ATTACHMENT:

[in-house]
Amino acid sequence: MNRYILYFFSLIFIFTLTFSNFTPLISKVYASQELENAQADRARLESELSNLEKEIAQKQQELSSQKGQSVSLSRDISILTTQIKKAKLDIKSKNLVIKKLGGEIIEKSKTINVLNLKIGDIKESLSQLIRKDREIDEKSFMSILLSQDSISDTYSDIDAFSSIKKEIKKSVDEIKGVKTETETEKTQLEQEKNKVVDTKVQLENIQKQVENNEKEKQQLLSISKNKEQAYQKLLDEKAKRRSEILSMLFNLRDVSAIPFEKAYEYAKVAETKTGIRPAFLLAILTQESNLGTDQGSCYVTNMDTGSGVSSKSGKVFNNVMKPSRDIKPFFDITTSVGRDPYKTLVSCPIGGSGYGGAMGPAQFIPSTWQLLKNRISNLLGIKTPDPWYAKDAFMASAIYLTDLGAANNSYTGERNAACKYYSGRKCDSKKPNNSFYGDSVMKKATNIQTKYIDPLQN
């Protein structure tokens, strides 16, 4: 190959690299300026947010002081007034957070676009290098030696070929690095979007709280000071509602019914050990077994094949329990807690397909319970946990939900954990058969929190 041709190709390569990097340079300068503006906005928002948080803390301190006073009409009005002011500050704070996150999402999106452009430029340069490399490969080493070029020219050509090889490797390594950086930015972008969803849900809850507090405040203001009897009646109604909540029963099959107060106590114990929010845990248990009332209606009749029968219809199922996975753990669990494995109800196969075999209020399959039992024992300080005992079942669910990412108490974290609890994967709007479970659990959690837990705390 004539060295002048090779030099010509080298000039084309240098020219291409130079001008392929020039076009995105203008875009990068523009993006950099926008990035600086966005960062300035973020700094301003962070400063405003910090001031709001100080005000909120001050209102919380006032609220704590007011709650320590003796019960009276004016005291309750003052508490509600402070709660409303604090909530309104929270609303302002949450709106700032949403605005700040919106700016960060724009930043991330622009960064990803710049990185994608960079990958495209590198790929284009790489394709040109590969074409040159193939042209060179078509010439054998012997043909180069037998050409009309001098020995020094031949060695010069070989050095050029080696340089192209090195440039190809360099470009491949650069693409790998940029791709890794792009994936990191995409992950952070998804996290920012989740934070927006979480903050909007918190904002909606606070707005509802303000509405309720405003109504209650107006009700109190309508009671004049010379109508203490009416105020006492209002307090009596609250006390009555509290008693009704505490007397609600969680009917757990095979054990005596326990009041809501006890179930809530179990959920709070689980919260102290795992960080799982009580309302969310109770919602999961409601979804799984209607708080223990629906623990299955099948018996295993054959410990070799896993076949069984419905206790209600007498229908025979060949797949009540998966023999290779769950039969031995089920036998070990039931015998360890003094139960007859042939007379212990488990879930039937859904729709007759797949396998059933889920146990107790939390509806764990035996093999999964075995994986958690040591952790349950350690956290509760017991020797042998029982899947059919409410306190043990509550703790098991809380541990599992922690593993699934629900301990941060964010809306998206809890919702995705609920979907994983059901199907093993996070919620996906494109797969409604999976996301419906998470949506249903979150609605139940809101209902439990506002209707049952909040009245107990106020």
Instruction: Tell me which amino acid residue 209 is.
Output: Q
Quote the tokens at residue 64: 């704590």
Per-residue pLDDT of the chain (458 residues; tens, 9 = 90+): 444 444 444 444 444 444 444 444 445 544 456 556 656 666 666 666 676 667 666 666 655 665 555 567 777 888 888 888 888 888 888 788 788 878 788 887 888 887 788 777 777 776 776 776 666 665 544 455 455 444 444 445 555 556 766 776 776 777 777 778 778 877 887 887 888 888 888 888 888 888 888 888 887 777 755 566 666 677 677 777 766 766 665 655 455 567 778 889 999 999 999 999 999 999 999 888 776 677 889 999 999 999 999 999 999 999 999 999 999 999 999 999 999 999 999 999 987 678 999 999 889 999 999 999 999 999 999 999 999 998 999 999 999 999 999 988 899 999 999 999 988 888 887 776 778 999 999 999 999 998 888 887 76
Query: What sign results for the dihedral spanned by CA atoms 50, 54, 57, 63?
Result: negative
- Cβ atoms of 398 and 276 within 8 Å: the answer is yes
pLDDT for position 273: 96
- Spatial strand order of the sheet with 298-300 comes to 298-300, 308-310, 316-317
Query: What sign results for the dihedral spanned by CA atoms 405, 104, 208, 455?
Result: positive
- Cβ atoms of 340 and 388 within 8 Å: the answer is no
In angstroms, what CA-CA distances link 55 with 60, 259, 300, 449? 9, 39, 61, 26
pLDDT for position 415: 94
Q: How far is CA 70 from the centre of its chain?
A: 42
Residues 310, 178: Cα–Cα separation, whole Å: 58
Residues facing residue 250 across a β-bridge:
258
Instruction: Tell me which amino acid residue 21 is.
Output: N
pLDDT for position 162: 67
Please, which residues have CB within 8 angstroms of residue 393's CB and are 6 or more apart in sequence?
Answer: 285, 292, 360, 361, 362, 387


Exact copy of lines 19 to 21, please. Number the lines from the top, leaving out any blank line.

A: 42
Residues 310, 178: Cα–Cα separation, whole Å: 58
Residues facing residue 250 across a β-bridge: